OAuth 2.0

SaaS On-premises 2.0
OAuth 2.0 framework provides different authorization grant types that are specifically tailored for different scenarios and application types. It enables a 3rd party application to obtain limited access to a resource, either on behalf of a resource owner or its own behalf.

At 3scale we support the following OAuth 2.0 flows for:

  • Client Credentials
  • Resource Owner Password
  • Client-Side Web Applications (AKA Implicit)
  • Server-Side Web Application (AKA Authorization Code)

These flows typically (though not always) have a number of players involved:

  • Resource Server (provider/API)
  • Client (buyer/developer/application)
  • Resource Owner (end user)
  • Auth Server (NGINX + 3scale cloud Service and/or API Provider's own Auth Server)

There are typically 2 actions that need to be done when accessing an OAuth protected API endpoint

  1. Requesting an access token from the Authorization Server
  2. Using the access token to access the API endpoint

Depending on the longevity of the access token, the first step might only need to be done once (for non-expiring tokens.)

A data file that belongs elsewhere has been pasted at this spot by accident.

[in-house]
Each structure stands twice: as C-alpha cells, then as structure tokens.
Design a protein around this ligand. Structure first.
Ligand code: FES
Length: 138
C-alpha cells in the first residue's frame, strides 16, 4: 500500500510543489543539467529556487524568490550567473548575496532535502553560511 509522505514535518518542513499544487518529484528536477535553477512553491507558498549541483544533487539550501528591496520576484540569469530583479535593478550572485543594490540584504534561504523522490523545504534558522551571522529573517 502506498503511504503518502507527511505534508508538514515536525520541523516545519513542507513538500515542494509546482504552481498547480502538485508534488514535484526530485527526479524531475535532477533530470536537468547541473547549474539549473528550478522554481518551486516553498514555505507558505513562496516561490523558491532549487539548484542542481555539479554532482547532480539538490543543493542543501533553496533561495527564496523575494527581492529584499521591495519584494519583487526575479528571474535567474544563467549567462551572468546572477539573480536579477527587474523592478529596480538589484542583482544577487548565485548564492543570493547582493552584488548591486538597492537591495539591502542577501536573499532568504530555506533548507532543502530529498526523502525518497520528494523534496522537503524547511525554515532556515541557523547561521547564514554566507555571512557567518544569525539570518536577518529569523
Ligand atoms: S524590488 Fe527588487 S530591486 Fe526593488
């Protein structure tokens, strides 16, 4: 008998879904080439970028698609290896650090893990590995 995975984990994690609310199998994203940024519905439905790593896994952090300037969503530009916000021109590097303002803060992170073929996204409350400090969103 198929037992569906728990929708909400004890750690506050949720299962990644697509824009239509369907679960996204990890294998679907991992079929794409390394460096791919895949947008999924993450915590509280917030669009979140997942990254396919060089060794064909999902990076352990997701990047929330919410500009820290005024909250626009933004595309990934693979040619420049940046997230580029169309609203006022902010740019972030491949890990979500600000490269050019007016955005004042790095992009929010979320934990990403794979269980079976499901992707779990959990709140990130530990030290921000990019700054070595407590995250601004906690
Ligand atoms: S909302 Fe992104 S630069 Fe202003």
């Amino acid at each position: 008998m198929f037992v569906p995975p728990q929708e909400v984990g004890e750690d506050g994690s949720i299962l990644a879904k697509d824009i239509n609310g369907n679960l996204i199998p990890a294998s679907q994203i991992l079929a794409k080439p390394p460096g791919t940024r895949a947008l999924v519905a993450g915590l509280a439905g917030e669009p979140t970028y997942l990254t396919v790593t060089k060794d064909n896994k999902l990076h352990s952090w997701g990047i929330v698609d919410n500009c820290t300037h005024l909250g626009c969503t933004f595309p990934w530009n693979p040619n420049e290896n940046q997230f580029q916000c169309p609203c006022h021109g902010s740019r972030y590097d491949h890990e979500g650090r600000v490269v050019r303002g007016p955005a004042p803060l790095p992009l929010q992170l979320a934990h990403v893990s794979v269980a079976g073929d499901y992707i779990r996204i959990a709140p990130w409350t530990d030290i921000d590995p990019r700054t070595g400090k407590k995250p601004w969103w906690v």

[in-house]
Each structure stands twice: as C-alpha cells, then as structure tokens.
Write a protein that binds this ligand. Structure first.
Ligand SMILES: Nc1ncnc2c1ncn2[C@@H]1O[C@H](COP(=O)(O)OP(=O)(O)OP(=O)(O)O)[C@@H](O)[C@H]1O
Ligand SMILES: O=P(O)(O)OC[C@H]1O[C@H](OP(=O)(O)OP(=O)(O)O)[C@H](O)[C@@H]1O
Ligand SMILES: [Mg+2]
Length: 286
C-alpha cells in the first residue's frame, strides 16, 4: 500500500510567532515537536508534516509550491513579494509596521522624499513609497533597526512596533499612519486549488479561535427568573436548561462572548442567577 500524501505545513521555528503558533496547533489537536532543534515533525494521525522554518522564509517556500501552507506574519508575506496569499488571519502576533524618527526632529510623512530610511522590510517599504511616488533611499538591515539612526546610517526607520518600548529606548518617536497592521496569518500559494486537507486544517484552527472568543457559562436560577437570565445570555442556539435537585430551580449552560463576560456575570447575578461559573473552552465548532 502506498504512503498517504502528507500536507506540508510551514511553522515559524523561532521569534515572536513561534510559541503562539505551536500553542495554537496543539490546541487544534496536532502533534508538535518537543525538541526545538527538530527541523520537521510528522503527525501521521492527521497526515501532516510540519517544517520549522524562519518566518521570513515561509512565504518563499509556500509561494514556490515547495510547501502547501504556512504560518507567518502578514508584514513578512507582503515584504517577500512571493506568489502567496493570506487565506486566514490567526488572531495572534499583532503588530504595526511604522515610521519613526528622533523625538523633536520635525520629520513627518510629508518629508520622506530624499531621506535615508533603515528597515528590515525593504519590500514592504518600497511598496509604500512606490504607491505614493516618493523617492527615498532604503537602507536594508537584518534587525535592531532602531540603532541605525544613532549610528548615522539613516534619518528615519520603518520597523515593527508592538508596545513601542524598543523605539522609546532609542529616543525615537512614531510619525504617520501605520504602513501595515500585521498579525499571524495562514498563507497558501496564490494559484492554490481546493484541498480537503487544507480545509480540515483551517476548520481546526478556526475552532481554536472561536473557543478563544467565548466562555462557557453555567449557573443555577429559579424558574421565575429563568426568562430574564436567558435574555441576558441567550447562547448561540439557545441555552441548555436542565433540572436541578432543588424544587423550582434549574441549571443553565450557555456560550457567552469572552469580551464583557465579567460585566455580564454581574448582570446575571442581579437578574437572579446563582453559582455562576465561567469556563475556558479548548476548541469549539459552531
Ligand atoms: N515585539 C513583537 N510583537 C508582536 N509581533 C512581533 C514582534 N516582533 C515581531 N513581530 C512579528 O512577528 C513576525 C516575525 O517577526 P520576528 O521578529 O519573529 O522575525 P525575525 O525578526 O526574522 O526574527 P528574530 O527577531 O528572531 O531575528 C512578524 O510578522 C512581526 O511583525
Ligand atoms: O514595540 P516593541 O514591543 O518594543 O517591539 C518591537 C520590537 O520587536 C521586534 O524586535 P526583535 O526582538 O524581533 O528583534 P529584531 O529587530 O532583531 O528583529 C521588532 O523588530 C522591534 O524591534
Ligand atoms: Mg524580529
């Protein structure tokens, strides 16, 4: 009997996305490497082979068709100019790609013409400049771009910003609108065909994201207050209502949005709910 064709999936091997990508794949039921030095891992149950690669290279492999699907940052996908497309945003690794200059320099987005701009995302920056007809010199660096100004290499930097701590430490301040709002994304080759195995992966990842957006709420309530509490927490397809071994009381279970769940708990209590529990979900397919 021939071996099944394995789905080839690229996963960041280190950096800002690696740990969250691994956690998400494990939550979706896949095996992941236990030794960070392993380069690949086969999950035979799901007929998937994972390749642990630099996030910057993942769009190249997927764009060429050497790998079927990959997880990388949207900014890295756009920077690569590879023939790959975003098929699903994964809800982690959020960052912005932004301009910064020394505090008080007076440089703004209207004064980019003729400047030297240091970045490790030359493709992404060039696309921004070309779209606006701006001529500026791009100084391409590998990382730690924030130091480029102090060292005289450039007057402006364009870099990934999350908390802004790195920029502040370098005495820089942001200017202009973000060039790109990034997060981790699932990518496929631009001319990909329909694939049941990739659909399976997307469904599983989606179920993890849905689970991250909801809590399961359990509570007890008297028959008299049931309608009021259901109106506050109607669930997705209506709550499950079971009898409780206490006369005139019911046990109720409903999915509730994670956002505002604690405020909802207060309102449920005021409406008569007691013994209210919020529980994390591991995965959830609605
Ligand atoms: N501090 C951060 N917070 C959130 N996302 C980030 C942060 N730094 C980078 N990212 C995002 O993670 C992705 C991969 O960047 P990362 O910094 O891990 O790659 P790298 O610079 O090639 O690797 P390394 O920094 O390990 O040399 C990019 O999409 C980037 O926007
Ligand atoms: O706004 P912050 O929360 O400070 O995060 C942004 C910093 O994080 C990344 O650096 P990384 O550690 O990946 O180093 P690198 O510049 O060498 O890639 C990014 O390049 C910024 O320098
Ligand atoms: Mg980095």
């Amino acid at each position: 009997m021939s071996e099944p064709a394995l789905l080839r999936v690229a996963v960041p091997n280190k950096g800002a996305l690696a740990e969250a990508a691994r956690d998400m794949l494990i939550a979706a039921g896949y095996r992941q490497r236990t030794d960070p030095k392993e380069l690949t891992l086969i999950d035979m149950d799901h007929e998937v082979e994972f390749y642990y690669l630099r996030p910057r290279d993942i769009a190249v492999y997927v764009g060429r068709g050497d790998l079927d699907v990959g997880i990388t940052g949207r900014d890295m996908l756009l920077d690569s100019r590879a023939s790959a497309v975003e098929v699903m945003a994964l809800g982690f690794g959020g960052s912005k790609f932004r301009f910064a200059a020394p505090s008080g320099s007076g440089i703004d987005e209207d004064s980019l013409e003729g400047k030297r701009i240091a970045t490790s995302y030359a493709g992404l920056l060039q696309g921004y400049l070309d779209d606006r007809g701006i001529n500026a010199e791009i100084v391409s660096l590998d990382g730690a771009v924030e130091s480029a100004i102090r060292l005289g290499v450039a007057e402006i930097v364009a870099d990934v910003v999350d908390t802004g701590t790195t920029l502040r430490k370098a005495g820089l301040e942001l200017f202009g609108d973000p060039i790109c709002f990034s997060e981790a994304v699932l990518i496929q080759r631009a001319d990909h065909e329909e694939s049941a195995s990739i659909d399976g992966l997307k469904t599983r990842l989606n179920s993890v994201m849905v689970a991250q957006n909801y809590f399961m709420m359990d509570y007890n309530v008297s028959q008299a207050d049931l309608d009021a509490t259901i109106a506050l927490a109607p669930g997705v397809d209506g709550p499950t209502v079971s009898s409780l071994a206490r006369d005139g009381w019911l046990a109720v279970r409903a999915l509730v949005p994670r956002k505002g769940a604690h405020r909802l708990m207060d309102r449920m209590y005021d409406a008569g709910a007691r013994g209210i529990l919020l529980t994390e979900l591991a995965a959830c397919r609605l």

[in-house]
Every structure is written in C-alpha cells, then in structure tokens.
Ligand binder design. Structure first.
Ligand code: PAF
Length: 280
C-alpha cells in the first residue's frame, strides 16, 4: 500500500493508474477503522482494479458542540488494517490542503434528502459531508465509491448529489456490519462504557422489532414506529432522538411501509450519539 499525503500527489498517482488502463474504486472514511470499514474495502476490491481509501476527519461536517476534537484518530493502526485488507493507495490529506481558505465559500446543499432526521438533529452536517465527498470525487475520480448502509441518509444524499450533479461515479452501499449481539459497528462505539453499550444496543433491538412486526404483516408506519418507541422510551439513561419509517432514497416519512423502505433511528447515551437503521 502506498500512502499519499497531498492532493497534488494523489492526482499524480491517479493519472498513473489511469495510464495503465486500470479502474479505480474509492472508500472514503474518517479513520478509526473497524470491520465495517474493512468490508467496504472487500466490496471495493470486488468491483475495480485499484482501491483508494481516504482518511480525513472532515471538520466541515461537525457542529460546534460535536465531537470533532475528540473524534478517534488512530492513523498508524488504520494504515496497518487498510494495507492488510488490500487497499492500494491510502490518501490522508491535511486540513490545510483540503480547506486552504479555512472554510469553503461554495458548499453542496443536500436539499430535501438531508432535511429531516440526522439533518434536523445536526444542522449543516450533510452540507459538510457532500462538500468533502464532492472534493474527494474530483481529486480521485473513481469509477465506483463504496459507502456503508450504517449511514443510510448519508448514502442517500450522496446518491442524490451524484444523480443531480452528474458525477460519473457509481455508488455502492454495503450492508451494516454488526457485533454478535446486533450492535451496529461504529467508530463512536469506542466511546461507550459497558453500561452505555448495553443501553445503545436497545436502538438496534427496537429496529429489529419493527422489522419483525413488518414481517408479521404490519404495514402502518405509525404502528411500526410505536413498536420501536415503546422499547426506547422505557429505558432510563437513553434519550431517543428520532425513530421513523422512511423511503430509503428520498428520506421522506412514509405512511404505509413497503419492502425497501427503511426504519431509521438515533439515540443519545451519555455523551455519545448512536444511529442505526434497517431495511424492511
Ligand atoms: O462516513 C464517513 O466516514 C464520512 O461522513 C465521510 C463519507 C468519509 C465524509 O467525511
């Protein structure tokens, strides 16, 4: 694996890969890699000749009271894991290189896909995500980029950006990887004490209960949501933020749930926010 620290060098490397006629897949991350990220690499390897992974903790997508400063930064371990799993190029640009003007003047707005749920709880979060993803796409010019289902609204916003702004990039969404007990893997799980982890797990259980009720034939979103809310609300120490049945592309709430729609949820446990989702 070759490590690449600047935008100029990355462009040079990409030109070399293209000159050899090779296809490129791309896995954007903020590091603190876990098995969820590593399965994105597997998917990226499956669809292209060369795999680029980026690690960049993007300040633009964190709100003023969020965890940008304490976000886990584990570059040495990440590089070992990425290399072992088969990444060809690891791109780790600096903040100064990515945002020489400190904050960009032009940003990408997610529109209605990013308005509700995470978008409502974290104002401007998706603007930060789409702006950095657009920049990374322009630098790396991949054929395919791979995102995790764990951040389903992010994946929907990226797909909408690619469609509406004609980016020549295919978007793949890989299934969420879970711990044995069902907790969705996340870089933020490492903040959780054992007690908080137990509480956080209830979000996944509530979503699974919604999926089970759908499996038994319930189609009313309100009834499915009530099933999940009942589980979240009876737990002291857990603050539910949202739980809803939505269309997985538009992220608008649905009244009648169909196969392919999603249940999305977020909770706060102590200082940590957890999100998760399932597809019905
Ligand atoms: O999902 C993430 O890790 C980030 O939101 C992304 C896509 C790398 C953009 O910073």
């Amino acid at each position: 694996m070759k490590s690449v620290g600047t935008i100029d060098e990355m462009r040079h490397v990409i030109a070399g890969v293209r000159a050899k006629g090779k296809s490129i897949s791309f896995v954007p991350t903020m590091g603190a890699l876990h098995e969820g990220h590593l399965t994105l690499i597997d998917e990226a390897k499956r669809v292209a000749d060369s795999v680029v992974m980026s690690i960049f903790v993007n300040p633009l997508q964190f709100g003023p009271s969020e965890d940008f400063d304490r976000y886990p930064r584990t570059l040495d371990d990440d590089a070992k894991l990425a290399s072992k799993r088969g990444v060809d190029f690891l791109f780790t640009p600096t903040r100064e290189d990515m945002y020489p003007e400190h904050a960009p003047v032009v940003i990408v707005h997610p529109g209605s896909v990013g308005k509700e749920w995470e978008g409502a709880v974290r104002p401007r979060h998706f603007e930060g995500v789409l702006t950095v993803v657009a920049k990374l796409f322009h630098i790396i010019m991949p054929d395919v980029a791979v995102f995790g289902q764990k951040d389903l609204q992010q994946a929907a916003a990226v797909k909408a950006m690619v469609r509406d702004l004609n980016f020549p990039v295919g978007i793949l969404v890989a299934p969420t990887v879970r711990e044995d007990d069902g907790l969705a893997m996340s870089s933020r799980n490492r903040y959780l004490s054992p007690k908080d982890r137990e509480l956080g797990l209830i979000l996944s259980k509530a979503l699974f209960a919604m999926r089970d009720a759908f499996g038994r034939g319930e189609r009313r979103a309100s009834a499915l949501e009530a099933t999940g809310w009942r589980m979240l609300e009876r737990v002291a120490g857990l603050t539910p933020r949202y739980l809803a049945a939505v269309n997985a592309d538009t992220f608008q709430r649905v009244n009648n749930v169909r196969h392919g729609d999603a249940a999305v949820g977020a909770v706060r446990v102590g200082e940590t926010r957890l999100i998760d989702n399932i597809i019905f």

How these access token is requested can vary based on the OAuth 2.0 flow and its implementation. We will outline the different flows below and the basic implementation for these at 3scale.

For instructions on how to set these up in NGINX, please visit the OAuth with APIcast section in the API Configuration Page. To set up ActiveDocs with OAuth, please visit ActiveDocs and OAuth section in the API Configuration Page.

Client Credentials Flow

The Client Credentials flow is the simplest of the flows. It is used to grant authorization in the case where the protected resources are already under the control of the client or when access to the resource has already been previously granted through some other means. The main players involved in the access token request step would therefore be the Client and the Authorization Server.